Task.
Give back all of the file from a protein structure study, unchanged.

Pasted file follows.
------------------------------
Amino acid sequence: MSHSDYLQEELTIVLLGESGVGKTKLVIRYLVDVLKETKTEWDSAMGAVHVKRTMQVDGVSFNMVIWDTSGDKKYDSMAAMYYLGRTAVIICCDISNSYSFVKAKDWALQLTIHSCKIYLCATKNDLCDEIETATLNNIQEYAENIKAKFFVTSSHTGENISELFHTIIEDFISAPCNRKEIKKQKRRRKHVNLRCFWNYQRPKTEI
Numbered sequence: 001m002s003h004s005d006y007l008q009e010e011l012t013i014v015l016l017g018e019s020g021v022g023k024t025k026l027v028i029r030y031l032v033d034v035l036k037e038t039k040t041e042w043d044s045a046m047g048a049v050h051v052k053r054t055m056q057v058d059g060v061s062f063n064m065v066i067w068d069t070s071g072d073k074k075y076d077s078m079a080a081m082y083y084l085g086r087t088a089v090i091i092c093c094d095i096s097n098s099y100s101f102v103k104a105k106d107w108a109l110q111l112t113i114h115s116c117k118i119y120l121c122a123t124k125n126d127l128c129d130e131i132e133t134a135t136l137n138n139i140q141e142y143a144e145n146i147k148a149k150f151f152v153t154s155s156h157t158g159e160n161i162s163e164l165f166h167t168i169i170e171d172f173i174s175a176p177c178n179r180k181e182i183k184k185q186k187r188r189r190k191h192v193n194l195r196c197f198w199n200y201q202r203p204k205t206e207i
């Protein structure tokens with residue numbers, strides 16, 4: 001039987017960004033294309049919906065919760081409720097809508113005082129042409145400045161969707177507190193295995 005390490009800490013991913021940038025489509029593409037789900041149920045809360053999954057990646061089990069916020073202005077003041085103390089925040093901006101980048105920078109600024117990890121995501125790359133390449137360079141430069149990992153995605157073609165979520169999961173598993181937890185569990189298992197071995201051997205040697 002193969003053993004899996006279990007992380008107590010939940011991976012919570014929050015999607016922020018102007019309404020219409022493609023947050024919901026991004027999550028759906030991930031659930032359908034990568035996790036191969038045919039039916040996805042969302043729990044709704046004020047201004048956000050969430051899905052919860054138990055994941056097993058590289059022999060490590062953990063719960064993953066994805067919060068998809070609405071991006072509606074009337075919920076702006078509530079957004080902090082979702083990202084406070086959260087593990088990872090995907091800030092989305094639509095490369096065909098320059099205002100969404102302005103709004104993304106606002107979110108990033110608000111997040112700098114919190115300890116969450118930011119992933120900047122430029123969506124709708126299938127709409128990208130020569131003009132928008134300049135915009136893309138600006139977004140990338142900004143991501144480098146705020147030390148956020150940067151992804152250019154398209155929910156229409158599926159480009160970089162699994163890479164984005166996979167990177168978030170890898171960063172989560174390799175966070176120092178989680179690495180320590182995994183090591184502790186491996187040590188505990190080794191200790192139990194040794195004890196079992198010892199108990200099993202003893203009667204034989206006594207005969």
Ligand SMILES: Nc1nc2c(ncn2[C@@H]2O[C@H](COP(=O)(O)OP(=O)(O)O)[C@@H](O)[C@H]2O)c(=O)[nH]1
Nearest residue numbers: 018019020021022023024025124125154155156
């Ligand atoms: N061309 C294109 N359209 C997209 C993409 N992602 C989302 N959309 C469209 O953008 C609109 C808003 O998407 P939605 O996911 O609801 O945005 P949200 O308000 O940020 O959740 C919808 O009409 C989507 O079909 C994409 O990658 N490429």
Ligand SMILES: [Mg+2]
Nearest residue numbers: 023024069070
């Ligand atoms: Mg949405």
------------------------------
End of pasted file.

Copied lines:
Amino acid sequence: MSHSDYLQEELTIVLLGESGVGKTKLVIRYLVDVLKETKTEWDSAMGAVHVKRTMQVDGVSFNMVIWDTSGDKKYDSMAAMYYLGRTAVIICCDISNSYSFVKAKDWALQLTIHSCKIYLCATKNDLCDEIETATLNNIQEYAENIKAKFFVTSSHTGENISELFHTIIEDFISAPCNRKEIKKQKRRRKHVNLRCFWNYQRPKTEI
Numbered sequence: 001m002s003h004s005d006y007l008q009e010e011l012t013i014v015l016l017g018e019s020g021v022g023k024t025k026l027v028i029r030y031l032v033d034v035l036k037e038t039k040t041e042w043d044s045a046m047g048a049v050h051v052k053r054t055m056q057v058d059g060v061s062f063n064m065v066i067w068d069t070s071g072d073k074k075y076d077s078m079a080a081m082y083y084l085g086r087t088a089v090i091i092c093c094d095i096s097n098s099y100s101f102v103k104a105k106d107w108a109l110q111l112t113i114h115s116c117k118i119y120l121c122a123t124k125n126d127l128c129d130e131i132e133t134a135t136l137n138n139i140q141e142y143a144e145n146i147k148a149k150f151f152v153t154s155s156h157t158g159e160n161i162s163e164l165f166h167t168i169i170e171d172f173i174s175a176p177c178n179r180k181e182i183k184k185q186k187r188r189r190k191h192v193n194l195r196c197f198w199n200y201q202r203p204k205t206e207i
């Protein structure tokens with residue numbers, strides 16, 4: 001039987017960004033294309049919906065919760081409720097809508113005082129042409145400045161969707177507190193295995 005390490009800490013991913021940038025489509029593409037789900041149920045809360053999954057990646061089990069916020073202005077003041085103390089925040093901006101980048105920078109600024117990890121995501125790359133390449137360079141430069149990992153995605157073609165979520169999961173598993181937890185569990189298992197071995201051997205040697 002193969003053993004899996006279990007992380008107590010939940011991976012919570014929050015999607016922020018102007019309404020219409022493609023947050024919901026991004027999550028759906030991930031659930032359908034990568035996790036191969038045919039039916040996805042969302043729990044709704046004020047201004048956000050969430051899905052919860054138990055994941056097993058590289059022999060490590062953990063719960064993953066994805067919060068998809070609405071991006072509606074009337075919920076702006078509530079957004080902090082979702083990202084406070086959260087593990088990872090995907091800030092989305094639509095490369096065909098320059099205002100969404102302005103709004104993304106606002107979110108990033110608000111997040112700098114919190115300890116969450118930011119992933120900047122430029123969506124709708126299938127709409128990208130020569131003009132928008134300049135915009136893309138600006139977004140990338142900004143991501144480098146705020147030390148956020150940067151992804152250019154398209155929910156229409158599926159480009160970089162699994163890479164984005166996979167990177168978030170890898171960063172989560174390799175966070176120092178989680179690495180320590182995994183090591184502790186491996187040590188505990190080794191200790192139990194040794195004890196079992198010892199108990200099993202003893203009667204034989206006594207005969």
Ligand SMILES: Nc1nc2c(ncn2[C@@H]2O[C@H](COP(=O)(O)OP(=O)(O)O)[C@@H](O)[C@H]2O)c(=O)[nH]1
Nearest residue numbers: 018019020021022023024025124125154155156
């Ligand atoms: N061309 C294109 N359209 C997209 C993409 N992602 C989302 N959309 C469209 O953008 C609109 C808003 O998407 P939605 O996911 O609801 O945005 P949200 O308000 O940020 O959740 C919808 O009409 C989507 O079909 C994409 O990658 N490429």
Ligand SMILES: [Mg+2]
Nearest residue numbers: 023024069070
């Ligand atoms: Mg949405």